On National Public Radio recently, a newscaster reporting on the Middle East conflict said that Gaza had been “bisected in two.” Of course, the word bisected means divided into two parts, so the phrase is redundant.
In an article in the interior design section of a respected newspaper, a report on mirrors included this phrase: “With their capacity to reflect back nearly all incident light… .” The back is unnecessary because it’s contained in the definition of reflect.
I used to expect journalists to display a minimal level of literacy, but I’m no longer surprised by the egregious errors I routinely spot. In an earlier column, I discussed redundancies. The problem is obviously still with us, so here’s another take on the subject.
One reason this error is committed so frequently is that it isn’t always obvious that a particular combination of words is repetitive. Another reason is that certain phrases have become cliches, and because of their familiarity they “seem right.”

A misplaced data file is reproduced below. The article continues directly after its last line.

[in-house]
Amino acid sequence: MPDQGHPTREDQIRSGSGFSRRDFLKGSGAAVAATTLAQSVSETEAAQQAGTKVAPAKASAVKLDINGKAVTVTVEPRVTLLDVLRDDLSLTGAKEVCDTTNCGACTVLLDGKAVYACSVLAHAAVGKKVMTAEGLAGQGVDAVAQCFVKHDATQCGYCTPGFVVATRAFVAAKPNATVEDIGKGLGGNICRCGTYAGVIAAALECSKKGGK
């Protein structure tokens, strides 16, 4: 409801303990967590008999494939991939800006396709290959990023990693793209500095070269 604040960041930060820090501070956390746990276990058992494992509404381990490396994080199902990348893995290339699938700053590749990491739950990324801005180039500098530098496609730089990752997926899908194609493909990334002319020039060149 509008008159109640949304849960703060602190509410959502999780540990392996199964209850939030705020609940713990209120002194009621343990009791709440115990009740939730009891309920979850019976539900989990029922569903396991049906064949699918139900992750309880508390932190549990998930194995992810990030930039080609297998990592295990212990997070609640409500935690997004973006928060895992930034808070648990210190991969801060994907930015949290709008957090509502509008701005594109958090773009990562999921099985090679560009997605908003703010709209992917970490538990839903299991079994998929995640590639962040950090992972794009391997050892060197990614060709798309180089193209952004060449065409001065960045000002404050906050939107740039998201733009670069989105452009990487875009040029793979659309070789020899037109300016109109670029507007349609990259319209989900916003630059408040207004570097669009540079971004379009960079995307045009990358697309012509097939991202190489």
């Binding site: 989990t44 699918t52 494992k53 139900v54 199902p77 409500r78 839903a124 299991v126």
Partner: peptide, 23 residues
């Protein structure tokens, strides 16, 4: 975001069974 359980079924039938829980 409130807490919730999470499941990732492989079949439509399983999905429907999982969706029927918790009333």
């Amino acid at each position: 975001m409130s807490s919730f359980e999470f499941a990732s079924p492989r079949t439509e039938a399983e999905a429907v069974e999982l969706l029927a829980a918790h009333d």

The problem can be solved by deleting the redundant element, which is most often an adjective. If any of the following appear okay to you, take a second look.
• actual fact
• close proximity
• completely surrounded
• confer together
• consensus of opinion
• convicted felon
• deliberate lie
• disappear from view
• necessary prerequisite
• new innovation
• new recruit
• merge together
I borrowed some of the above examples from a clever little book: Armed Gunmen, True Facts, and Other Ridiculous Nonsense, by Richard Kallan. Though it’s primarily intended for amusement, the hundreds of redundancies cited also serve an educational purpose. If certain people make you “shriek loudly” by committing this type of mistake, a gift of this book “might possibly” help raise their “mental awareness” of their habit.[Ed Note: For more than three decades, Don Hauptman was an award-winning independent direct-response copywriter and creative consultant. He is author of The Versatile Freelancer, an e-book recently published by AWAI that shows writers and other creative professionals how to diversify their careers into speaking, consulting, training, and critiquing.]